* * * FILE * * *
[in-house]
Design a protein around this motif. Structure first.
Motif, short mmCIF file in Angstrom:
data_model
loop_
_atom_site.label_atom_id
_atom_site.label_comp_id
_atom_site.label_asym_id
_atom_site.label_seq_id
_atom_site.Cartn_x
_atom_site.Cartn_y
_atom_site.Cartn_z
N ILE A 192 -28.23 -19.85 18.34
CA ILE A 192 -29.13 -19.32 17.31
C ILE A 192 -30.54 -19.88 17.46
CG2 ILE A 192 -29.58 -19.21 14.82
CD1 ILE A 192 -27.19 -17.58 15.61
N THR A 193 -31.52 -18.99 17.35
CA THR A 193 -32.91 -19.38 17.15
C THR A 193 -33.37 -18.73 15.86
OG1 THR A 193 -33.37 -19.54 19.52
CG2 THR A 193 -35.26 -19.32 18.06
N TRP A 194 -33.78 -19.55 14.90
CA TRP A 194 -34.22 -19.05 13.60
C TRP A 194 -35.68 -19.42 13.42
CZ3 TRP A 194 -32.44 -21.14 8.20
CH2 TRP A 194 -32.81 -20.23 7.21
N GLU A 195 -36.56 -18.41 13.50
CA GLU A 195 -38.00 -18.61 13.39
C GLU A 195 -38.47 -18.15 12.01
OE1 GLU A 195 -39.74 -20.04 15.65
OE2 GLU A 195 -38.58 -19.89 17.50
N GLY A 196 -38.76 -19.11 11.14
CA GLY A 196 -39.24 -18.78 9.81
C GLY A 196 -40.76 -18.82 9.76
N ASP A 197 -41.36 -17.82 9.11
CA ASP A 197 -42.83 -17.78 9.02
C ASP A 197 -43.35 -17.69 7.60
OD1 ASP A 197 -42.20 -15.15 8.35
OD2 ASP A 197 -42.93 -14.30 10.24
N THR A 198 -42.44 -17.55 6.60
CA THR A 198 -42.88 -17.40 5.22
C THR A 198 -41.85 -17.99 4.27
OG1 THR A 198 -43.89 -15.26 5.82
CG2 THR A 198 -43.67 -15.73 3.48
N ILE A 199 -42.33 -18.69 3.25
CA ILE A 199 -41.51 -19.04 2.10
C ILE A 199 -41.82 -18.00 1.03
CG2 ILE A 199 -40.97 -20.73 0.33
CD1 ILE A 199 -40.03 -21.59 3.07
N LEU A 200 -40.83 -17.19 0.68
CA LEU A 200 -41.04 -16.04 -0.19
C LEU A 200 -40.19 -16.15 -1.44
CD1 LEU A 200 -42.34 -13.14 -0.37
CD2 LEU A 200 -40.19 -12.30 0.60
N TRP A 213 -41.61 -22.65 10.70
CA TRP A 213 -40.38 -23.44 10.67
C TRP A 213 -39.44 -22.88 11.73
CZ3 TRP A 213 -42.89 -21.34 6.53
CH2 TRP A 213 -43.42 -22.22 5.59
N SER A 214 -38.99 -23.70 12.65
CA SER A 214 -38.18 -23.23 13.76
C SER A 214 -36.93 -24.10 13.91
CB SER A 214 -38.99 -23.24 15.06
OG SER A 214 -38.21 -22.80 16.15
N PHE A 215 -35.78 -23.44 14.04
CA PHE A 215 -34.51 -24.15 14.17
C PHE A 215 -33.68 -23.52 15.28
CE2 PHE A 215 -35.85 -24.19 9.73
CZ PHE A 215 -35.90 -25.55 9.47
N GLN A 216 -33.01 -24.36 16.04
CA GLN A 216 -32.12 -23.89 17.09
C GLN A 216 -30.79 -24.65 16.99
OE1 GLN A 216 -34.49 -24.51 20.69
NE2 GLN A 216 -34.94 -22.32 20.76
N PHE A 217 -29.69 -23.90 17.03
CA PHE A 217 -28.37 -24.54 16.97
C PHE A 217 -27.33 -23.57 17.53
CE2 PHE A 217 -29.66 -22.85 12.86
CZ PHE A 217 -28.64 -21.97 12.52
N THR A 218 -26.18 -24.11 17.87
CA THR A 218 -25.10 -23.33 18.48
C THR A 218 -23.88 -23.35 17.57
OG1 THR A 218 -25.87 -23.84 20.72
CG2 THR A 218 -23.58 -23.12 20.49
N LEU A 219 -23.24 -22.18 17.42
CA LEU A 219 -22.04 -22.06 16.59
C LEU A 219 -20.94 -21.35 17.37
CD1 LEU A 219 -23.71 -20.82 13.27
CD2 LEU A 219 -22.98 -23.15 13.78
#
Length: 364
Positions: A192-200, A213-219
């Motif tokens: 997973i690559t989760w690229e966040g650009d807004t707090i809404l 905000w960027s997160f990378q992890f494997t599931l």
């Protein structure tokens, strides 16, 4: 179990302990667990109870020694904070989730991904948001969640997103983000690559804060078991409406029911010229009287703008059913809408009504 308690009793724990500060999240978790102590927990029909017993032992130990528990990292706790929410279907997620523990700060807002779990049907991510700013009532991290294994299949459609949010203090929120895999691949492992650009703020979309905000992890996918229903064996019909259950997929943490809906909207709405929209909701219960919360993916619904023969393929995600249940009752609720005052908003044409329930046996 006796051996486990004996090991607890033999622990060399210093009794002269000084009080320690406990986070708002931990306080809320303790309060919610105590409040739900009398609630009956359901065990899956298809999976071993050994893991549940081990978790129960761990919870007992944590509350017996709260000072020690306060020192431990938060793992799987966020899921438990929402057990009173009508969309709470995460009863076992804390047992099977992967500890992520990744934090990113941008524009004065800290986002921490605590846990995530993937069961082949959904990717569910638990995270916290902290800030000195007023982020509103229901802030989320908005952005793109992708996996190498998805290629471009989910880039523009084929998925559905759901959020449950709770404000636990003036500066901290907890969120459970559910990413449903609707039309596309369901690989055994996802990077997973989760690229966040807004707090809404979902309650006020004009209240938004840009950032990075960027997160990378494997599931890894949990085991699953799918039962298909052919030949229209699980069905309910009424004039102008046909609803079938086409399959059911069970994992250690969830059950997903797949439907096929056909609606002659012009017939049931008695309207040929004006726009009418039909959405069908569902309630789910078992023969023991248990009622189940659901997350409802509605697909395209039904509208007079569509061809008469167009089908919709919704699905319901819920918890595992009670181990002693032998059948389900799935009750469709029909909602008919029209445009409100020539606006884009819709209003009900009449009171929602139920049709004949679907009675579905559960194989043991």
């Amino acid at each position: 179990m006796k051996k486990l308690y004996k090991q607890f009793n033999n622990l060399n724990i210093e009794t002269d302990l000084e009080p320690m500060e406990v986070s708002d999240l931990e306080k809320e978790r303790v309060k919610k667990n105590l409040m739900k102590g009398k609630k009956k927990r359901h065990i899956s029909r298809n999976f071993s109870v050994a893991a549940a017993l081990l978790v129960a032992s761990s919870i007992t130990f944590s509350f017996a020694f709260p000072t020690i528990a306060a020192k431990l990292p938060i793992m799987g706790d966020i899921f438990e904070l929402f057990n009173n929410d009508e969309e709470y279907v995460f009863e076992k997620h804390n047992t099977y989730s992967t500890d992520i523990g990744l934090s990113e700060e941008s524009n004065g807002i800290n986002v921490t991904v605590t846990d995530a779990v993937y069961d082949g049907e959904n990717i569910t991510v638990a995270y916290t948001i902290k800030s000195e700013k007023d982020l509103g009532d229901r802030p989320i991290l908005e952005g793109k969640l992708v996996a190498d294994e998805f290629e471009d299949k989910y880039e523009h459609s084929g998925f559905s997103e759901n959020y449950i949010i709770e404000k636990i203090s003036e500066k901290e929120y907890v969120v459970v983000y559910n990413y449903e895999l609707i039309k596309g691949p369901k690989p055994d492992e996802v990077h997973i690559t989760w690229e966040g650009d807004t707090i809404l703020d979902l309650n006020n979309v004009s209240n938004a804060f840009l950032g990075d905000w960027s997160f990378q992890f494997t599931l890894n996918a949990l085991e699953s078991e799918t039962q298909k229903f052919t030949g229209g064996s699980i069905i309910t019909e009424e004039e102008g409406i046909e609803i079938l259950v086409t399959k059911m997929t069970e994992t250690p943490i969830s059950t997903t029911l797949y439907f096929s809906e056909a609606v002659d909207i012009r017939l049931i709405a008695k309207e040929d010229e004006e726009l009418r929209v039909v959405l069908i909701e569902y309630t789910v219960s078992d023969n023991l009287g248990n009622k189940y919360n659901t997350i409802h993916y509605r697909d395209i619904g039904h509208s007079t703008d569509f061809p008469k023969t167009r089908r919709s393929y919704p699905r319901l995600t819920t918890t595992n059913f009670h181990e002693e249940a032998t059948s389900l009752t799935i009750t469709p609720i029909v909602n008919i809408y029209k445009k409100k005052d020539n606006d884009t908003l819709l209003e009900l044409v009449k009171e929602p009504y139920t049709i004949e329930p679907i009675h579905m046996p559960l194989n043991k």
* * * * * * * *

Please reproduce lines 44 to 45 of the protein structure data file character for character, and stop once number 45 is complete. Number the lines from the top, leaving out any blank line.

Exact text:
OG1 THR A 198 -43.89 -15.26 5.82
CG2 THR A 198 -43.67 -15.73 3.48